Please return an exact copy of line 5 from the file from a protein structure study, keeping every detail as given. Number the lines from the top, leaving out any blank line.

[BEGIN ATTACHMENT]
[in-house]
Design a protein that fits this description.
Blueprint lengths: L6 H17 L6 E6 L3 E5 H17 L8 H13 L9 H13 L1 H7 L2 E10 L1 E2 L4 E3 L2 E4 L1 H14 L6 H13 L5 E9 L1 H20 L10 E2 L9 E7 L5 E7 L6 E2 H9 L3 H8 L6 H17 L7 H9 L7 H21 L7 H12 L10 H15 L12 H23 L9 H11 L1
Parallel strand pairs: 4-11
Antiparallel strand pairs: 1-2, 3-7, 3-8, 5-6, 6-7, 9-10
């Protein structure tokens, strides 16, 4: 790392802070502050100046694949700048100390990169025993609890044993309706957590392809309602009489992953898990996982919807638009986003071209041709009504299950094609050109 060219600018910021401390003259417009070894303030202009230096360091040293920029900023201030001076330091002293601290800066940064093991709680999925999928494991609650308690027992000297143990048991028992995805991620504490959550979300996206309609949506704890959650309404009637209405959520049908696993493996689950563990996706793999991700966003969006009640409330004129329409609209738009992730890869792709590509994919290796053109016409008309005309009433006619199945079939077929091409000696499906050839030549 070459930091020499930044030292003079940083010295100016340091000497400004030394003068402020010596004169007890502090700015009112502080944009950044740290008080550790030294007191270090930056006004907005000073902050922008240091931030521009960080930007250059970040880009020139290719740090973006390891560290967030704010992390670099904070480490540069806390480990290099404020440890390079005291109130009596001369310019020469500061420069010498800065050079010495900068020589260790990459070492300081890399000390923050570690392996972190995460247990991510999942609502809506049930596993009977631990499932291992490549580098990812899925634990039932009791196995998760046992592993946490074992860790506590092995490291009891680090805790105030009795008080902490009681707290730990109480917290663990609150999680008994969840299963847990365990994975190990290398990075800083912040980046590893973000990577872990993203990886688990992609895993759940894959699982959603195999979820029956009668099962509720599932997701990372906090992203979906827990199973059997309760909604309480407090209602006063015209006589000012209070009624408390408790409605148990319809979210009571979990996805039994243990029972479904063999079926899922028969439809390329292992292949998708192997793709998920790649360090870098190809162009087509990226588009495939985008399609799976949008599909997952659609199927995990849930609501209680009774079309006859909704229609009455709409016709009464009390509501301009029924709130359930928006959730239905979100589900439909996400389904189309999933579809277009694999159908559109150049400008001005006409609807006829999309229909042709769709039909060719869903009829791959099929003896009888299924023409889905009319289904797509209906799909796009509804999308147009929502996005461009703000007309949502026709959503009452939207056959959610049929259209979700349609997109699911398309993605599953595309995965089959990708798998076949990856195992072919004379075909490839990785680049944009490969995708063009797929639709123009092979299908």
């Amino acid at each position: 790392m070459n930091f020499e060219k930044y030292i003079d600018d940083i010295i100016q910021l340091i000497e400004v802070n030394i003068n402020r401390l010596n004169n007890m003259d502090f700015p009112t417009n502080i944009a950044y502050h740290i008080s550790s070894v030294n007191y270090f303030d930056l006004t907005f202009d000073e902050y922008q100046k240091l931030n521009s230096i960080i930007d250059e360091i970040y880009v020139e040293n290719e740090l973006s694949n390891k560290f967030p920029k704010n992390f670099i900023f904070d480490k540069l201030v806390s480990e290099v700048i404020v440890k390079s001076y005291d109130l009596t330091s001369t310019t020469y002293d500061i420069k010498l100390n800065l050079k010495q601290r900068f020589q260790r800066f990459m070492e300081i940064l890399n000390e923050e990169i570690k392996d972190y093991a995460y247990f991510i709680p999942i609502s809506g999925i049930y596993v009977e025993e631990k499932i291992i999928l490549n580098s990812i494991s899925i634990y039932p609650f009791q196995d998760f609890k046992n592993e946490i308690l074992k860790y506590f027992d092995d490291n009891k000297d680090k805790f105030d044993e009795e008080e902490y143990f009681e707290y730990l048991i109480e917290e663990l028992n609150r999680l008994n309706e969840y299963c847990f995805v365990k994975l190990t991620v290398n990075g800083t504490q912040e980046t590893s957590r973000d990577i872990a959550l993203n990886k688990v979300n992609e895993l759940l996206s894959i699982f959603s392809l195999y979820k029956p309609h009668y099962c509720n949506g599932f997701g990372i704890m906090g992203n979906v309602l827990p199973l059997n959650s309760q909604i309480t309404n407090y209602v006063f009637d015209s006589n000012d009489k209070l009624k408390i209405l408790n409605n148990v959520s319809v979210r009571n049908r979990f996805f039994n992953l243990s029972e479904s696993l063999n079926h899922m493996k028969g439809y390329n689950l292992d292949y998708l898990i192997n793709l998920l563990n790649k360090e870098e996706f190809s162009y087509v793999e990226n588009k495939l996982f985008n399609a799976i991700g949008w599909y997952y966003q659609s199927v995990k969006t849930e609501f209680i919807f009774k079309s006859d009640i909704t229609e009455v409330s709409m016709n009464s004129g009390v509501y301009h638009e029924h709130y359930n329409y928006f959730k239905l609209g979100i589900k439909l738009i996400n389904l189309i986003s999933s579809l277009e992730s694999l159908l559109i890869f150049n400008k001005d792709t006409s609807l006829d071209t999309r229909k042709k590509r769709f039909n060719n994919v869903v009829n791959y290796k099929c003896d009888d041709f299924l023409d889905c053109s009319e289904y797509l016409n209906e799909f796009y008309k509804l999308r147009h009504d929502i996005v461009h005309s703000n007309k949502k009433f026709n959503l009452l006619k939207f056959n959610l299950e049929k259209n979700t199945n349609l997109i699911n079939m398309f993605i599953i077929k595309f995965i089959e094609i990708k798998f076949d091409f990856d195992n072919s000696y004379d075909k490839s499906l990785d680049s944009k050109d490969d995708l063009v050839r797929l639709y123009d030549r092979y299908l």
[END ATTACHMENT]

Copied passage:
Antiparallel strand pairs: 1-2, 3-7, 3-8, 5-6, 6-7, 9-10